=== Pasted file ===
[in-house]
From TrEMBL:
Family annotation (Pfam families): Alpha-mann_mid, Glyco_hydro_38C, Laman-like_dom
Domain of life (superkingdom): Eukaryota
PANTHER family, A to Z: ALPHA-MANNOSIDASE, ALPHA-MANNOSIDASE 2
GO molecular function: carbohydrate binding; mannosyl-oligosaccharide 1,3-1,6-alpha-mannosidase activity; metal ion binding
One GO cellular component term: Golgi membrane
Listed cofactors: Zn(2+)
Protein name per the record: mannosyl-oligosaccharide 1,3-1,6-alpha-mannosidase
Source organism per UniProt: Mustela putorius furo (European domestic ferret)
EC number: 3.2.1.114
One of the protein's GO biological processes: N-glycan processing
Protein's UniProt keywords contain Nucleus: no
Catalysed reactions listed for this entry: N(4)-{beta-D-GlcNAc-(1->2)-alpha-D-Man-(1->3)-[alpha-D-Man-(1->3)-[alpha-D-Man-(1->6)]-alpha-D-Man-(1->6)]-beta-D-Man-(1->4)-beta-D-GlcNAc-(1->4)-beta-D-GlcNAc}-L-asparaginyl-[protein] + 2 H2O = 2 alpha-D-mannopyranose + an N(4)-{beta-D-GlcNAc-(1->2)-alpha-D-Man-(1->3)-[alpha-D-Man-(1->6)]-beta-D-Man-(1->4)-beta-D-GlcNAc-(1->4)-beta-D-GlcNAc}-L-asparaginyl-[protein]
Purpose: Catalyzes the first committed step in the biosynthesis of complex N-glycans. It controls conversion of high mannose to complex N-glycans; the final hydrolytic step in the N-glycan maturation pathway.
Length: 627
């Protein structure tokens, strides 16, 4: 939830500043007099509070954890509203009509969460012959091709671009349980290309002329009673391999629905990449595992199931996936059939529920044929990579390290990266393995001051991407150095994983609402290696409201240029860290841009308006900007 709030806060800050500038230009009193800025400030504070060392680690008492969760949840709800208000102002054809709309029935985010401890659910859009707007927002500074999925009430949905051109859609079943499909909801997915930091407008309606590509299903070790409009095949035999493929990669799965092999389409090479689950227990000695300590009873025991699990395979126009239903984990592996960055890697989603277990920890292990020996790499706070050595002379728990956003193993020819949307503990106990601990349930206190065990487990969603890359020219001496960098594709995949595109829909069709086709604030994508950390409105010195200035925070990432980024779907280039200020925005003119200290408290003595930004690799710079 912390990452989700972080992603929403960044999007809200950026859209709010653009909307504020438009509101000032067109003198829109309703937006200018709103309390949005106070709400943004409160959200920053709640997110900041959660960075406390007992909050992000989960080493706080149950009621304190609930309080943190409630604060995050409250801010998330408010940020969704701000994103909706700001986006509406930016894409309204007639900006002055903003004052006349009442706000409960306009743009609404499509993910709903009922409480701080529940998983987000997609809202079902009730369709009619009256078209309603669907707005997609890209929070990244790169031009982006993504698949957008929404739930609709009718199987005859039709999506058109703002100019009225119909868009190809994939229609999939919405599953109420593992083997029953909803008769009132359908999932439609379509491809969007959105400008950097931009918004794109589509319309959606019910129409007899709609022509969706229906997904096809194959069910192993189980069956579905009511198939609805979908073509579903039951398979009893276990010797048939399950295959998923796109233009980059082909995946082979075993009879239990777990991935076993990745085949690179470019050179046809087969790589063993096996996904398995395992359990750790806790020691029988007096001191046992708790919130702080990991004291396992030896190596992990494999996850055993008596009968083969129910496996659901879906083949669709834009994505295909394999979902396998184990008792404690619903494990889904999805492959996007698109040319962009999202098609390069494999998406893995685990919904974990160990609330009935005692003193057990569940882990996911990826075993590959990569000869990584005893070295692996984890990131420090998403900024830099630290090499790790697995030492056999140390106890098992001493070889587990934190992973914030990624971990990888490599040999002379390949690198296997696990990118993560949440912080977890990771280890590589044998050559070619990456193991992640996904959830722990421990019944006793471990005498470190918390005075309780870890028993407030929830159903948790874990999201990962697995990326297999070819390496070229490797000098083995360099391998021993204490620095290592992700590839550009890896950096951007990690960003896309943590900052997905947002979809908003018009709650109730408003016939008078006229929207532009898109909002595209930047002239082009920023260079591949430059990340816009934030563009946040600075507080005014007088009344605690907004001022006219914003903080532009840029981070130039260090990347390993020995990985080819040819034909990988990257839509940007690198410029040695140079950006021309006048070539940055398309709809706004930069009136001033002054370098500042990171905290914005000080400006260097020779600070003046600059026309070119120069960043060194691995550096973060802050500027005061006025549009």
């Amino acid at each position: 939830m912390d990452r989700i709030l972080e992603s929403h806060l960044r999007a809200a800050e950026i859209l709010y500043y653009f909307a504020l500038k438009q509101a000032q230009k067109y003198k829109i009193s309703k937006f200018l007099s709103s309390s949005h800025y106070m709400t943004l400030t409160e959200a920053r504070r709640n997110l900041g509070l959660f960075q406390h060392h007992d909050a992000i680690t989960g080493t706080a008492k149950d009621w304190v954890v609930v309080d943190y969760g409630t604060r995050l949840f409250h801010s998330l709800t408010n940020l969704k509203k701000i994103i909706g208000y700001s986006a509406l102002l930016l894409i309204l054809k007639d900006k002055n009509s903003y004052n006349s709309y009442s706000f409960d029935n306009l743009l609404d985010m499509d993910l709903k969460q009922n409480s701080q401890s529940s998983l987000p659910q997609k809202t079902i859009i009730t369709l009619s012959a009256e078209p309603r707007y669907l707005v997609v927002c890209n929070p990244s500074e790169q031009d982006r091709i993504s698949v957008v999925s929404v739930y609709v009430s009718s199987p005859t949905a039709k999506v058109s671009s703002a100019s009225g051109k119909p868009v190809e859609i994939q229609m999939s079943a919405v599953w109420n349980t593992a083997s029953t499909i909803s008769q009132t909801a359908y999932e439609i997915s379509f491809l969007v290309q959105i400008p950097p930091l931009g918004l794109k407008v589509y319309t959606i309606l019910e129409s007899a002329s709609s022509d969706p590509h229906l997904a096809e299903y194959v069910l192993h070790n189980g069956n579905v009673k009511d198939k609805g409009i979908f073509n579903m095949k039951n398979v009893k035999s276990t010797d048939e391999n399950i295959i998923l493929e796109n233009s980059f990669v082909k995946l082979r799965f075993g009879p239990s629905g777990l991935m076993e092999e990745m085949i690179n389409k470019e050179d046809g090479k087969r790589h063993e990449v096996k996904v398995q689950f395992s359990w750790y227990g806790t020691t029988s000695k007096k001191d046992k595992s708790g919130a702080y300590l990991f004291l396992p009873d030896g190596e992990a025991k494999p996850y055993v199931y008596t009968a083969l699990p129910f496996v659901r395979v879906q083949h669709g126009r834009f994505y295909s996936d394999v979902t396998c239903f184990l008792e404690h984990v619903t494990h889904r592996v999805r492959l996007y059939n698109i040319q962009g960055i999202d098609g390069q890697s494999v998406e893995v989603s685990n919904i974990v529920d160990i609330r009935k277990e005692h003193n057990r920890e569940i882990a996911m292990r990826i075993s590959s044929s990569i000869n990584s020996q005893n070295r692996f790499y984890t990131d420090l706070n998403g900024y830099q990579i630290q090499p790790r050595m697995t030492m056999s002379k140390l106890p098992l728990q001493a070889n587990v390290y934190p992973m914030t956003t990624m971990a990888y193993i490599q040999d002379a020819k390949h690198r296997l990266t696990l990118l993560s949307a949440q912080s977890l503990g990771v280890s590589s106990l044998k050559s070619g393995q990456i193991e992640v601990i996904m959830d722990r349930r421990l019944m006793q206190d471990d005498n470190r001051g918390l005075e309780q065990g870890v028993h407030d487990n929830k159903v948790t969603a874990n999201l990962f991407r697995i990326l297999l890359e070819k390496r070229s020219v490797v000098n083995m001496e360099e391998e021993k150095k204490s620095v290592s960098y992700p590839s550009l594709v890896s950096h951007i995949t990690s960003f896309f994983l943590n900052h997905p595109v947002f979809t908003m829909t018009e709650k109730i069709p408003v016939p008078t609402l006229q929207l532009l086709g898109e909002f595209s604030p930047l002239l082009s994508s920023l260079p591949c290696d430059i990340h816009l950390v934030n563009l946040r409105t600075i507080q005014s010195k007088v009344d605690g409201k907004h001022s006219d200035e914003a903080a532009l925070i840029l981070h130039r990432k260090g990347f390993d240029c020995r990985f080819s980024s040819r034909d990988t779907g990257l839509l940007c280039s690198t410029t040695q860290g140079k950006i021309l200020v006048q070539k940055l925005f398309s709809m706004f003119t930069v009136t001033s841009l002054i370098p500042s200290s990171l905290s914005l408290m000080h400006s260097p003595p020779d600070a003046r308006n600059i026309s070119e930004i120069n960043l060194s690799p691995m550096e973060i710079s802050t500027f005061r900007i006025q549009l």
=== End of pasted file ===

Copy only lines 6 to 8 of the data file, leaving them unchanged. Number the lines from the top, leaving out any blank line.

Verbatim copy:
GO molecular function: carbohydrate binding; mannosyl-oligosaccharide 1,3-1,6-alpha-mannosidase activity; metal ion binding
One GO cellular component term: Golgi membrane
Listed cofactors: Zn(2+)